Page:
The Africa Confidential Blog
Debt diplomacy in the pandemic
The lack of a coordinated response by commercial and official creditors to the worsening debt distress faced by resource-based African economies could trigger a wider payments crisis ahead of the annual meetings of the International Monetary Fund and World Bank next month.
At the videoconference, delegates will be under pressure to produce a longer-term strategy to manage the financial ructions triggered by the coronavirus pandemic.
Though a plethora of ratings agencies and analysts have warned that many African states will face debt distress, commercial creditors have fiercely resisted any formal cooperation on a debt initiative beyond a suspension, but not rescheduling, of payments due this year. They are likely to extend that programme into next year while fending off demands for more serious concessions. This is after rejecting an African Union proposal for a Brady Bond initiative in which some commercial debt could be backed by official institutions then converted into tradeable bonds.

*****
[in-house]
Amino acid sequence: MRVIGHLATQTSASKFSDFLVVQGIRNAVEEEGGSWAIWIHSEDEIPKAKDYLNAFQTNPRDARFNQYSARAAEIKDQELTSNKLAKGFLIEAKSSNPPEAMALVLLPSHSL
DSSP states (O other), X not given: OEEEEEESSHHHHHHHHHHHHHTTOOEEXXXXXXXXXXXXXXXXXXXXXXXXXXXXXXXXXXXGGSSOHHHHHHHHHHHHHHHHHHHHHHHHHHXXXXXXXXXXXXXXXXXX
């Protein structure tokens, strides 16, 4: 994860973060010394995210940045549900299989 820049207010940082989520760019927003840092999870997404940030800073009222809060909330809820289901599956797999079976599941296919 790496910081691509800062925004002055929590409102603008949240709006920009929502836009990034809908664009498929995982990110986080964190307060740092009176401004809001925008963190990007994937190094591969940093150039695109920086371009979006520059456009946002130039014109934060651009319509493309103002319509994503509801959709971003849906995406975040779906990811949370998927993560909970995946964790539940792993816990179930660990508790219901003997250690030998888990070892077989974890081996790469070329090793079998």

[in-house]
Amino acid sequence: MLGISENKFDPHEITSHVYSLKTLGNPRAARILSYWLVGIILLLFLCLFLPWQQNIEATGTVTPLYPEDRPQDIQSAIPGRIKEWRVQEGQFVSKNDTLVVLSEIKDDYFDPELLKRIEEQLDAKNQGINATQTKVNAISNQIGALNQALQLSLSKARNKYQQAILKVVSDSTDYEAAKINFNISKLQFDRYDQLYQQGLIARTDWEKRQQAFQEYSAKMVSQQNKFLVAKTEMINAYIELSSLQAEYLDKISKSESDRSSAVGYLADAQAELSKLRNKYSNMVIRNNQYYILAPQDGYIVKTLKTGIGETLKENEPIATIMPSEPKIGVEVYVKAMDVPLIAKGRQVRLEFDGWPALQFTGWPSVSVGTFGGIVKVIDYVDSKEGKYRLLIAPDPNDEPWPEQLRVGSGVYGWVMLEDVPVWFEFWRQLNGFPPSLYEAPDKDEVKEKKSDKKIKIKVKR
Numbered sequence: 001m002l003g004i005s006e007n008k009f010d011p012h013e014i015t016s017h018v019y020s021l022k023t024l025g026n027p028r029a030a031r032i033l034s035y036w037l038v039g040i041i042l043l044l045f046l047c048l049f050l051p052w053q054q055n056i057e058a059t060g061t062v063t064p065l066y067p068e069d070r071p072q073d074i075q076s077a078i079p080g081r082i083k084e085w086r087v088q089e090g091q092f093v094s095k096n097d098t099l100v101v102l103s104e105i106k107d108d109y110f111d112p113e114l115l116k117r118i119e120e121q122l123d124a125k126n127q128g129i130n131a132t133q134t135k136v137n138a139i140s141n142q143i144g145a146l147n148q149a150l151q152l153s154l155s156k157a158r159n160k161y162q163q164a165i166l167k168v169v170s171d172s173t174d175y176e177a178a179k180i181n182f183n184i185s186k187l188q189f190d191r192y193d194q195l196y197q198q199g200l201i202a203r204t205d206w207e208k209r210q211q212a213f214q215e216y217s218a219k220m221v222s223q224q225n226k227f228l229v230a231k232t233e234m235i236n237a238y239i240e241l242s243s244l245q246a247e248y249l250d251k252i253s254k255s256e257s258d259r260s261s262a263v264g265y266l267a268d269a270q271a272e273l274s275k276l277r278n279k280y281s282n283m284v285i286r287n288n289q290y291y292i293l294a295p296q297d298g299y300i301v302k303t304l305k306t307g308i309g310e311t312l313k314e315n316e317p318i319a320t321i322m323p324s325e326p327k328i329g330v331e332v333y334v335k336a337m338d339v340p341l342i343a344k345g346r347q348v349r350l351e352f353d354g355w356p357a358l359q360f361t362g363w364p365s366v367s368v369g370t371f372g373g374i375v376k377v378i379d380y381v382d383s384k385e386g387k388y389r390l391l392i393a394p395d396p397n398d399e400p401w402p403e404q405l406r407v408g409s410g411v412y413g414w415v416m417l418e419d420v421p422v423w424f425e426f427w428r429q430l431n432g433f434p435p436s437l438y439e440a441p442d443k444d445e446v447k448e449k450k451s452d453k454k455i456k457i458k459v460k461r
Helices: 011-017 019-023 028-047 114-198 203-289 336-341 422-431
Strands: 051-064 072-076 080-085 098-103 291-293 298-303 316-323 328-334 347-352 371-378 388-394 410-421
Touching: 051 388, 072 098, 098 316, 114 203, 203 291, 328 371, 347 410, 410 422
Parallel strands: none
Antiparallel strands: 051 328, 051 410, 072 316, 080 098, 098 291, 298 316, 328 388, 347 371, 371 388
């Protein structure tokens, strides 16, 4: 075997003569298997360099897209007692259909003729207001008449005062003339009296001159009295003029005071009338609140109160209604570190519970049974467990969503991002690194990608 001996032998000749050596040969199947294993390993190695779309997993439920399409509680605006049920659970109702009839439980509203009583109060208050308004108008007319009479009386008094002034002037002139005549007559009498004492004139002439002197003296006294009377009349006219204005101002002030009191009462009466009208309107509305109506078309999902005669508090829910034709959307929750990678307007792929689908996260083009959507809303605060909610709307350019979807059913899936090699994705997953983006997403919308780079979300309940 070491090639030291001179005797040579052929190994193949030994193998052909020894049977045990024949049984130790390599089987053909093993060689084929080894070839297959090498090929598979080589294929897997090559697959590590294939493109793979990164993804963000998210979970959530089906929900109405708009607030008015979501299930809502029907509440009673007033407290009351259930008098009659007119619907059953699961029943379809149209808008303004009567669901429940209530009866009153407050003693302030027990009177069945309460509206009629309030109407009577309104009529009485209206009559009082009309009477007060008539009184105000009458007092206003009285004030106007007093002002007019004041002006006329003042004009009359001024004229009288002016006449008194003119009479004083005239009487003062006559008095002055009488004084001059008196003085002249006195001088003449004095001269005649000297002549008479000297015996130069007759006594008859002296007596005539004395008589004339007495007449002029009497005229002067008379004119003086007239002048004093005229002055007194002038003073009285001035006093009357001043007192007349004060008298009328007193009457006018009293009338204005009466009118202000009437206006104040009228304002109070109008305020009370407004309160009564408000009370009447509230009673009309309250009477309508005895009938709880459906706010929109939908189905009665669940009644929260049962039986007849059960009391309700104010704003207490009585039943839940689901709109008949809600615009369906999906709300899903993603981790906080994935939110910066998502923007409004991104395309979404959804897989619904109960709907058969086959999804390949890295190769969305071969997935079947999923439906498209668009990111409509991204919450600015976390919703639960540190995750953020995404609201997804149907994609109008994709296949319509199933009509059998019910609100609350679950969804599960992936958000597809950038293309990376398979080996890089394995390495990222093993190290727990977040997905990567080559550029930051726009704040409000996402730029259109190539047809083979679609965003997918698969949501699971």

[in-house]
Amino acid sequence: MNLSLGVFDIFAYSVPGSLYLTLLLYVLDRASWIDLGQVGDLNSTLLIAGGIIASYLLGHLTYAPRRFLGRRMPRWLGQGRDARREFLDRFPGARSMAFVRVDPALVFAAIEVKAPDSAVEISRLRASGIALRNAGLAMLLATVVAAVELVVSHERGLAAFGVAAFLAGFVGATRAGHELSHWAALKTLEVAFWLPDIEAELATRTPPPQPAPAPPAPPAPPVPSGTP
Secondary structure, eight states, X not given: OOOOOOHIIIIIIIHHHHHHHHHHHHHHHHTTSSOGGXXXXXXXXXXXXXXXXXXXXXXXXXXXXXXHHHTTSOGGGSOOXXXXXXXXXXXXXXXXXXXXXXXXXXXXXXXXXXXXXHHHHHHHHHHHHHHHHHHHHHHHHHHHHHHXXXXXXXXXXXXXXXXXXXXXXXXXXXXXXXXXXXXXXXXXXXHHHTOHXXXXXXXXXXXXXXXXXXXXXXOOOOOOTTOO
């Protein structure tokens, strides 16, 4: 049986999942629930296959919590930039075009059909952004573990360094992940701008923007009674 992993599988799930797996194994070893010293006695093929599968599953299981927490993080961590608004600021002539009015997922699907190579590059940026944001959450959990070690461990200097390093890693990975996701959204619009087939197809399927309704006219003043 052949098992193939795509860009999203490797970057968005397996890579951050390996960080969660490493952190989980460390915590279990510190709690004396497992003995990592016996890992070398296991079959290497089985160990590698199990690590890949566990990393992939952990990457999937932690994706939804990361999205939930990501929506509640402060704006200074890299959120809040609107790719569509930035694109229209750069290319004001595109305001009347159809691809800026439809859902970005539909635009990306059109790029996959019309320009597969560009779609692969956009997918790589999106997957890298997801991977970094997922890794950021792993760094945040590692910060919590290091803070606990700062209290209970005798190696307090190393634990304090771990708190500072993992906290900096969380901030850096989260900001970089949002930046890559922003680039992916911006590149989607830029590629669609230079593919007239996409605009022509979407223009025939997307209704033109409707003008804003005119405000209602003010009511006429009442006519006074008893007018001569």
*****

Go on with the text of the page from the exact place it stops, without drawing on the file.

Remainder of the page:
Chad and Zambia warned this week that they will have to default on commercial payments. Zambia’s request for a suspension of repayments to holders of its US$3bn Eurobond was the first Covid-19-related default by a sub-Saharan African country. Angola, a much bigger debtor, currently benefiting from IMF backing as it restructures its obligations, has vowed to meet its Eurobond payments while it looks for relief from other creditors. The chickens are rapidly coming home to roost.